Remember the thought exercise from the first paragraph?  In the first example (for-profit), “fair compensation” would include a nice salary, bonuses and perhaps an exit package that will allow you to maintain a comfortable lifestyle.  In the second case (nonprofit) however, you could expect no more than a base salary, simply because you work for a charitable organization.

Paying people tied to the value they deliver over a longer term would seem to make sense for any enterprise.  But for nonprofits, the problem is two-fold; the challenge is not just how to measure value creation, it is also where to find the surplus revenue to fund increased compensation.

For all the talk and debate about results in our sector, in practice, results are rarely measured for a number of reasons.  These include the time lag between providing a service or activity and the manifestation of the results, the difficulty in determining what share of the results is attributable to the service or activity rather than other factors, the lack of adequate resources to enable meaningful measurements, and the reluctance of most donors to pay for costs they do not see as essential to the continuing mission of the organization.

But assume for the moment we could measure productivity gains and added value. Where, then, would the funding to pay deferred compensation for superior performance come from?  Given all the attention venture philanthropy and social enterprise has received over the past 10-15 years, we’ve seen surprisingly little discussion about how to compensate organizations and people who make extraordinary contributions.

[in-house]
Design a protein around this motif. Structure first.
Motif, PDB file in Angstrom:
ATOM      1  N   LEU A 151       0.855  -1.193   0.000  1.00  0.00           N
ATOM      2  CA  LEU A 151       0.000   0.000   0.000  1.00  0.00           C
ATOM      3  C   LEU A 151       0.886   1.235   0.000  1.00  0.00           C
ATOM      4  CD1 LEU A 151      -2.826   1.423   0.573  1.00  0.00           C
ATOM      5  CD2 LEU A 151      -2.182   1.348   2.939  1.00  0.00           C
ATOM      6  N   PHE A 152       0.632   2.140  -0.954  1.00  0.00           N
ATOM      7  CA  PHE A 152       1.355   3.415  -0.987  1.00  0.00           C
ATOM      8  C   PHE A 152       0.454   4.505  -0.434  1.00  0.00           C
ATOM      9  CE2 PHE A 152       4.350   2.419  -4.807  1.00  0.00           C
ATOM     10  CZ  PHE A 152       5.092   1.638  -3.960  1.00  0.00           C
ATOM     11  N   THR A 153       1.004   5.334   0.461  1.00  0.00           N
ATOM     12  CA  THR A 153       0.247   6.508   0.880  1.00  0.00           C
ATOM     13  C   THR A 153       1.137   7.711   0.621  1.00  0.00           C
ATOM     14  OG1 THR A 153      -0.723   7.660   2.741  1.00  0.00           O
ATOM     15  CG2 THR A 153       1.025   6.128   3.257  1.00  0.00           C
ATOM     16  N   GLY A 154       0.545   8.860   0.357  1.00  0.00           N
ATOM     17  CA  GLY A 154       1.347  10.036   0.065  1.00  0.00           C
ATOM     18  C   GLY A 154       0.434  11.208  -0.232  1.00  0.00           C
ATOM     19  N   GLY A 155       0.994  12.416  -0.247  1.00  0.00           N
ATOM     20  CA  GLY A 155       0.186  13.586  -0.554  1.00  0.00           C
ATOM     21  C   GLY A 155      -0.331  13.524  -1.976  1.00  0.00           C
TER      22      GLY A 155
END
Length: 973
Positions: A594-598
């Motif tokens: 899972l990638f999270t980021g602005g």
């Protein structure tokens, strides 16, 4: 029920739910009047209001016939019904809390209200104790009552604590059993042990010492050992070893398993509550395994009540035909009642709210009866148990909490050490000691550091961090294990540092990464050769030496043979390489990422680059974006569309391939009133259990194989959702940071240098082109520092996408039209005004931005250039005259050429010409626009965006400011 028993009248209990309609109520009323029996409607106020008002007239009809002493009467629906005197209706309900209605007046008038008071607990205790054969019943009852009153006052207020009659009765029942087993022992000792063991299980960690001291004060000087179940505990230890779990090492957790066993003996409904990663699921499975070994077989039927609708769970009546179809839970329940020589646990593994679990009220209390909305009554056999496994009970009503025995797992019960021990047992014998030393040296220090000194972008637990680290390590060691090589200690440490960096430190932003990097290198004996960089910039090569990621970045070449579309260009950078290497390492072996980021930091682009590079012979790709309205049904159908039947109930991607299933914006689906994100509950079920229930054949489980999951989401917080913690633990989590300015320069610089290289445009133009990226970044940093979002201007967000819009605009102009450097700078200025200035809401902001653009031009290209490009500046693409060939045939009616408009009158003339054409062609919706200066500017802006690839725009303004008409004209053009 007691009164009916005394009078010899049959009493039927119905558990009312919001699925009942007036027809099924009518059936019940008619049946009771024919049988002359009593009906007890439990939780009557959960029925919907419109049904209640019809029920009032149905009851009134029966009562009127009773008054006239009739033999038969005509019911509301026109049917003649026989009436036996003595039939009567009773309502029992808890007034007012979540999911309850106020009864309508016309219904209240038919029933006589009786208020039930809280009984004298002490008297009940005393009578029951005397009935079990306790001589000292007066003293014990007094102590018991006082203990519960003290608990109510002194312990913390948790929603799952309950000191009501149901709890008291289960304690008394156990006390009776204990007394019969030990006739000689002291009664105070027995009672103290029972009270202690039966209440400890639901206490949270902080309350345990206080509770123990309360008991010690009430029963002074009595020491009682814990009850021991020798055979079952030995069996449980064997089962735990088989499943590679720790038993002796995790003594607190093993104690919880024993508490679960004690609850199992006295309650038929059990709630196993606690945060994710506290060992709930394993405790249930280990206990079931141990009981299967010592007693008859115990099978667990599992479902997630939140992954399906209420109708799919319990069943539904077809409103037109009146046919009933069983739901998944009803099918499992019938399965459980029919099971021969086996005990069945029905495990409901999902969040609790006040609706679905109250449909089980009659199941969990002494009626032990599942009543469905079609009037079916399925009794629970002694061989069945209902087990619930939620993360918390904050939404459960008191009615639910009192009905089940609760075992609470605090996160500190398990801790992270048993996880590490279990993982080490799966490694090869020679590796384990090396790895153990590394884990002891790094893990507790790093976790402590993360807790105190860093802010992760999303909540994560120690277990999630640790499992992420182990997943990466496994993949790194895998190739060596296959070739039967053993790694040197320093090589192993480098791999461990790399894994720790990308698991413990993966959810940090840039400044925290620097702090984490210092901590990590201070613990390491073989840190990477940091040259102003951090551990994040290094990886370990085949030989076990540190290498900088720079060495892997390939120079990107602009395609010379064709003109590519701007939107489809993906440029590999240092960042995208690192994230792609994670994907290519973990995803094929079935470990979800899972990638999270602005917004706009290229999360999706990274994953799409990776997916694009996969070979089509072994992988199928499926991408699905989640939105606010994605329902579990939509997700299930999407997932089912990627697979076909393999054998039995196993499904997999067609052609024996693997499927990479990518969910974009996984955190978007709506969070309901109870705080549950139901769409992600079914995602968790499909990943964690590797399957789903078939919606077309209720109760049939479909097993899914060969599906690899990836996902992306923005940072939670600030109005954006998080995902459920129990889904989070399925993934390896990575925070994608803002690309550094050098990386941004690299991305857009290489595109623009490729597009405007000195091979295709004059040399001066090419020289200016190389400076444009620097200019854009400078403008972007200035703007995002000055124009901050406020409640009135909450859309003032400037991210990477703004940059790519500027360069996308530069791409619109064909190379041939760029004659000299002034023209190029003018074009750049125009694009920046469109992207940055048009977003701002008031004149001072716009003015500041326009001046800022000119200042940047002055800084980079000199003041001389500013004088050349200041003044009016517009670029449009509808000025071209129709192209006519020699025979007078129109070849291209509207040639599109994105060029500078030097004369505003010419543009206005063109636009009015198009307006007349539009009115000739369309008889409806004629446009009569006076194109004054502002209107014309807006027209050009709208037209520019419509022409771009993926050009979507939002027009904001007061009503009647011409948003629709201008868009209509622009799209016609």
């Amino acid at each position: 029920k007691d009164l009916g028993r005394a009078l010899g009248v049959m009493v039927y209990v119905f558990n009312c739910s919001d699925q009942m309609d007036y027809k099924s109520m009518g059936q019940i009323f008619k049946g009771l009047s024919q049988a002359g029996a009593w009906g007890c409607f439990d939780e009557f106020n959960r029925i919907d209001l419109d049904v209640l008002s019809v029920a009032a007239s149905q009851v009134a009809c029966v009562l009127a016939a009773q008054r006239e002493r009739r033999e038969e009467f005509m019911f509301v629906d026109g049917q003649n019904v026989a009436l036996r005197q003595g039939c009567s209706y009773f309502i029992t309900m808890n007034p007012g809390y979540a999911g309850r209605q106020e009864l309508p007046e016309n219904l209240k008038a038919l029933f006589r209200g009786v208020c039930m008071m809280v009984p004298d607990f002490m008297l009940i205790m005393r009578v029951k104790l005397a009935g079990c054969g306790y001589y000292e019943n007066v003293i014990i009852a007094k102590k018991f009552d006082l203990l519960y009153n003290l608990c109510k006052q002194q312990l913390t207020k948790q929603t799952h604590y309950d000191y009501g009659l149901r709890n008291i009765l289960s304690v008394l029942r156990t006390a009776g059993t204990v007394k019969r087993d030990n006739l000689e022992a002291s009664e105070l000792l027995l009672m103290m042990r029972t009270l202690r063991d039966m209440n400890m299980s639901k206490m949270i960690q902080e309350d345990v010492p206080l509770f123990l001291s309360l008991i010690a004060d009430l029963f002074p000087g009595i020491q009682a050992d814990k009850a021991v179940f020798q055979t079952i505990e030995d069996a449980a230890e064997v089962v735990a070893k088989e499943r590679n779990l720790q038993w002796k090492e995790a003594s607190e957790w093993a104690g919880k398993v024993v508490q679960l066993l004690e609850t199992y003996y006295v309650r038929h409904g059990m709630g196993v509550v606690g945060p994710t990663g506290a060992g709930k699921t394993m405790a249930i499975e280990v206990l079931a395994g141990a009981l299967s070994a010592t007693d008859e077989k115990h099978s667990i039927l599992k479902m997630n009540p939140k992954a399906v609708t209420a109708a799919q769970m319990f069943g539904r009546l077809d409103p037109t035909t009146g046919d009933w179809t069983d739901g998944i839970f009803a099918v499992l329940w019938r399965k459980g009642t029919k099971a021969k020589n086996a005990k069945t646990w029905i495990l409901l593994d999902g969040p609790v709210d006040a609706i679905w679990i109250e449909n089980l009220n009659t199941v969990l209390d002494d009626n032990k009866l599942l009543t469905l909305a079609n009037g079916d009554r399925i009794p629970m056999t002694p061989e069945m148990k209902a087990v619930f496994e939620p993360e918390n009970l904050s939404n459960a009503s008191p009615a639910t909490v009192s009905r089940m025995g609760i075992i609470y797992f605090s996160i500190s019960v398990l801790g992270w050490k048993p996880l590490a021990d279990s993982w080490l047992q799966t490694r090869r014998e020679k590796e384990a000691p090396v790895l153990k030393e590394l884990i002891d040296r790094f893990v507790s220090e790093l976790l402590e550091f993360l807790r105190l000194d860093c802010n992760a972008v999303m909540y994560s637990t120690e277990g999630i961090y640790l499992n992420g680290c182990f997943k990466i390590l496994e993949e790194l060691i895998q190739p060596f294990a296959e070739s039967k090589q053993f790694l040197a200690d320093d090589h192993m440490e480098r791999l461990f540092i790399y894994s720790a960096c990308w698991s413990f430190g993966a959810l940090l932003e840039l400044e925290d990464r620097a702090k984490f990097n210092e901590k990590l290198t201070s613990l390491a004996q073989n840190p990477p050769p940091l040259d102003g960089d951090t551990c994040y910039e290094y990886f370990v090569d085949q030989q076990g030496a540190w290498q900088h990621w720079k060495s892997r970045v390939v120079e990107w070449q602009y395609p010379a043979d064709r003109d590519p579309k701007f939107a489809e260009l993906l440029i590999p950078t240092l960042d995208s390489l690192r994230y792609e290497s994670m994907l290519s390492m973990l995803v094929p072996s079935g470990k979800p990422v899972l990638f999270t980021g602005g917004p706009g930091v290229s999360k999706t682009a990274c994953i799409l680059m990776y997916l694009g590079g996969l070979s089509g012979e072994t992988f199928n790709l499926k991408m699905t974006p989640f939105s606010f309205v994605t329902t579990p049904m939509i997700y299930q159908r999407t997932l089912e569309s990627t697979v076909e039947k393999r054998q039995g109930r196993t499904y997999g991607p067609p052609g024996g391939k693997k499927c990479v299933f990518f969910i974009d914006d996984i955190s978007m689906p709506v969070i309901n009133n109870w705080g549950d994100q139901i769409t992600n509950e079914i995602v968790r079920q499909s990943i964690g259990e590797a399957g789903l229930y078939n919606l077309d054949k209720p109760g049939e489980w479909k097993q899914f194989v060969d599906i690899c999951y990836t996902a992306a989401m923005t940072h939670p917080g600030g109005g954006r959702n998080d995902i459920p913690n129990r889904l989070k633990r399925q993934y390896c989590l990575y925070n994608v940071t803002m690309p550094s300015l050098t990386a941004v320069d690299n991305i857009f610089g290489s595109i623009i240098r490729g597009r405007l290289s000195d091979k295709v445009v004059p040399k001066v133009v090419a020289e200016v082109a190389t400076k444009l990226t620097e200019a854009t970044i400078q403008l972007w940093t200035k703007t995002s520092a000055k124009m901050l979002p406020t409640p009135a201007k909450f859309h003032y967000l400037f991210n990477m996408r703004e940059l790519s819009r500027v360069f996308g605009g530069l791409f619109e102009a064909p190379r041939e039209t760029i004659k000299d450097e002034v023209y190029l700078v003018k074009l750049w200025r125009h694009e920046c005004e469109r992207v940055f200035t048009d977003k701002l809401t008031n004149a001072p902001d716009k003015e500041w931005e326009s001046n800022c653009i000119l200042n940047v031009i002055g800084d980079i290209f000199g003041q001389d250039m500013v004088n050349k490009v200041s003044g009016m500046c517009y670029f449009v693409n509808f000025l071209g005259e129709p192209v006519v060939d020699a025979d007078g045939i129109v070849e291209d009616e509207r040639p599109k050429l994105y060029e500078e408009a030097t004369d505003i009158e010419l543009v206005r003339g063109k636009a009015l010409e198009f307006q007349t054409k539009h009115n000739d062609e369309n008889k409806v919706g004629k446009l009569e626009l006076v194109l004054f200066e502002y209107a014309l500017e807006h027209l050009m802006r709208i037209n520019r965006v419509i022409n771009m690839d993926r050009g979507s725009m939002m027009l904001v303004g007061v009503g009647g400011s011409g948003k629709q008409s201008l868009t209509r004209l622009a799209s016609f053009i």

There is much that funders and the government could do, such as offer loan forgiveness or ROTC-type programs that cover education costs for people who choose to work in the sector (as I’ve argued in SSIR previously). 

The much harder question is how to offer higher performing nonprofit workers a reasonable chance at increasing income over their careers – the ability to make a living that allows them to stay in the sector without asking their families to sacrifice too much.

In a recent post, Robert Egger posed the question of whether the economic downturn, which has created a buyer’s market for talent, offers the nonprofit sector the chance to try out what he calls the “Starbucks” model .  This model is one in which moderately increased compensation, significantly improved health and other benefits,  could help nonprofits compete for the best people .  It would be a very positive sight to see more public good organizations and their donors adopt this model.  Unfortunately, the dominant trends at the moment – layoffs, hiring and wage freezes, sharp cuts in foundation and government funding – are pushing in quite the opposite direction.

It will likely take years of experimentation (and yes, venture capital) to solve this challenge. There has been a great deal of energy put into prize philanthropy in recent years. What if a similar amount of funding and attention were put into bonus pools for collaboratives working on challenges suitable for result measurement?  Might we learn something from the way cooperatives measure and reward contribution to the whole? Perhaps the workforces of different organizations could be assigned shares of a pool of “success funds.”

Think about your favorite cause or nonprofit. If you could prove that your favorite charitable venture produces, let’s say, $5 in value for every $1 invested in it, how would you persuade donors to pay a premium for that rate of value creation, what would that premium be, and how would you allow your workers to participate in that success?


imagePeter Manzo is President & CEO of United Ways of California, which improves health, education and financial results for low income children and families by enhancing and coordinating the policy advocacy and community impact work of California’s 37 United Ways.